Over the last few decades, biodiversity has dramatically decreased around the world. Habitat loss, poaching, and global trade are only a few of the reasons why more and more species are becoming extinct. But also the legal hunting of endangered and internationally protected species, such as lions, elephants, rhinos, and polar bears, is threatening entire animal populations. With the death of Cecil
the lion, the subject was brought back into the focus of the public eye.
Africa in particular is a popular travel destination for trophy hunters from around the world due to its "Big Five" (lions, elephants, rhinos, leopards, and buffalos). Every year, foreign hunters kill over 100'000 wild animals. With appropriate authorization, hunters are usually allowed to bring the animals back home as trophies. Hunting safaris and the collection of hunting trophies are legal, as long as the national laws of the African countries in question and the respective export and import regulations are met, that is, the CITES-permits are granted. Many of the sought-after animal species are subject to protection by the Washington Convention on International Trade in Endangered Species (CITES). While the Convention prohibits the commercial trade in highly endangered species, exceptions can be made for trophy hunting (see the TIR news report (in German) from March 3, 2016
It is often argued that hunting tourism contributes to the preservation of biodiversity and the alleviation of poverty. However, this argumentation is highly questionable, as is shown in the report by the economist network Economists at Large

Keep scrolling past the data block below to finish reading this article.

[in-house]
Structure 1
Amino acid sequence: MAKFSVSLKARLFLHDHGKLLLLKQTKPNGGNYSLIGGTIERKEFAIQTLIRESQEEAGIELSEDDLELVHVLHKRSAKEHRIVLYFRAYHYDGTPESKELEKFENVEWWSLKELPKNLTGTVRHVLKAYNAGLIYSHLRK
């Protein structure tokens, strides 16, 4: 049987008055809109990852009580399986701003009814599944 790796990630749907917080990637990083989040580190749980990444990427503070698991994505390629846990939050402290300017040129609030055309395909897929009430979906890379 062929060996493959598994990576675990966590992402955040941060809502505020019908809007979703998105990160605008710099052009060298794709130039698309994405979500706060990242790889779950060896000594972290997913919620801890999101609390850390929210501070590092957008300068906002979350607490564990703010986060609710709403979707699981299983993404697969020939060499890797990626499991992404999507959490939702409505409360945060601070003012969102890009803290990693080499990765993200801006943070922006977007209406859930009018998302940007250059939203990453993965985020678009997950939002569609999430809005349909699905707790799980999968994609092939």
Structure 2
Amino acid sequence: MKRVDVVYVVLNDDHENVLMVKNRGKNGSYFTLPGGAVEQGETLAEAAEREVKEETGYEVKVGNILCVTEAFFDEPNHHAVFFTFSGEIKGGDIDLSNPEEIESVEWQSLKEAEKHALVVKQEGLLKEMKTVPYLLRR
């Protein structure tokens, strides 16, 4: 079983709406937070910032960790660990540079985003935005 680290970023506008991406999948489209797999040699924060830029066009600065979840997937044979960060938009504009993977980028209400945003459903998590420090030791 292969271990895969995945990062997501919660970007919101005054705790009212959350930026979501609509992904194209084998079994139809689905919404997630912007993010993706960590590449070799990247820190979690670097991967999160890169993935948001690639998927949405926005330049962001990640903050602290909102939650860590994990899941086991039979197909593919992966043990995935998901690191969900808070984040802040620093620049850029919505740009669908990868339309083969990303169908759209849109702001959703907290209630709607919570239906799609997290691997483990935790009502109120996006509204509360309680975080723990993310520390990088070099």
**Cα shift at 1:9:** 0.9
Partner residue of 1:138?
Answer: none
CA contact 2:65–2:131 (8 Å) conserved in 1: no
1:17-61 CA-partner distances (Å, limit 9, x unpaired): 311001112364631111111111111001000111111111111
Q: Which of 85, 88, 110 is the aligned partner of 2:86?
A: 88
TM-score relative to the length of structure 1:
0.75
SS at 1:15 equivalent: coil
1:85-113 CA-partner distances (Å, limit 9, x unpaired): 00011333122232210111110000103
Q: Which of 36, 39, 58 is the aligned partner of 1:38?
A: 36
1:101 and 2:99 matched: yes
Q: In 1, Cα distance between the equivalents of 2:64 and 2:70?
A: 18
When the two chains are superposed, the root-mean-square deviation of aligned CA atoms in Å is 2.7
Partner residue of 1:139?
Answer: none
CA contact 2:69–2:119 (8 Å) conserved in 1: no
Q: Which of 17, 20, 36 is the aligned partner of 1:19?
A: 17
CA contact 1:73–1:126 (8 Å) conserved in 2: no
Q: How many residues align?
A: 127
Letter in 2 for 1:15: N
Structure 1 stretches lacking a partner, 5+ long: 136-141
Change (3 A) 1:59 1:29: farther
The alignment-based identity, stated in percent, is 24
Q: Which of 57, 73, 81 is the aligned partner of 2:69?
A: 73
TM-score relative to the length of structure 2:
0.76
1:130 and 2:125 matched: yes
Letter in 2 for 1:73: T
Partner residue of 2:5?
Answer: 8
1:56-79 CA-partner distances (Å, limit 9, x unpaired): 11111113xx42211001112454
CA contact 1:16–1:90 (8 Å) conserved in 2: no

. For the most part, hunting does not generate income for the local population but solely benefits the companies, mostly from abroad, that organize the hunts. Hunting is also especially prone to corruption and occasionally favors poaching, because legally and illegally hunted trophies cannot be distinguished from one another. Moreover, hunting quotas are rarely based on scientific data and are thus usually defined arbitrarily. Trophy hunters are usually interested in shooting the strongest animals with the largest and most beautiful trophies, which are, however, most relevant for the survival of their species.
Trophy hunting is problematic not only with regard to species conservation but also for animal welfare reasons. Oftentimes, hunters use methods that are banned in Switzerland due to their incompatibility with animal welfare, such as hunting with bow and arrow. Misfired shots by recreational hunters lead to incredible suffering in the wounded animals. In moral terms and in terms of animal welfare law in particular, an especially disturbing type of trophy hunting is so-called canned hunting: animals that were brought up on farms and are virtually tame are released into enclosed areas where they are presented to the hunters on a "silver platter" (TIR-TIP (in German): latest report on 3sat: Halali in Afrika – Das Geschäft mit der Grosswildjagd
Hunters measure an animal's worth solely based on the trophy. The killing of animals for the pure fun that some associate with hunting is diametrically opposed to the general respect for the dignity of animals in Switzerland. A ban on the import of hunting trophies would hinder hunters from bringing their trophies into the country. Switzerland could take on an important role as a pioneer in terms of protection of endangered species. In Switzerland, too, numerous trophies from internationally protected species are imported every year. A couple of weeks ago, the Netherlands, successfully led the way by imposing an import ban on 200 wild species.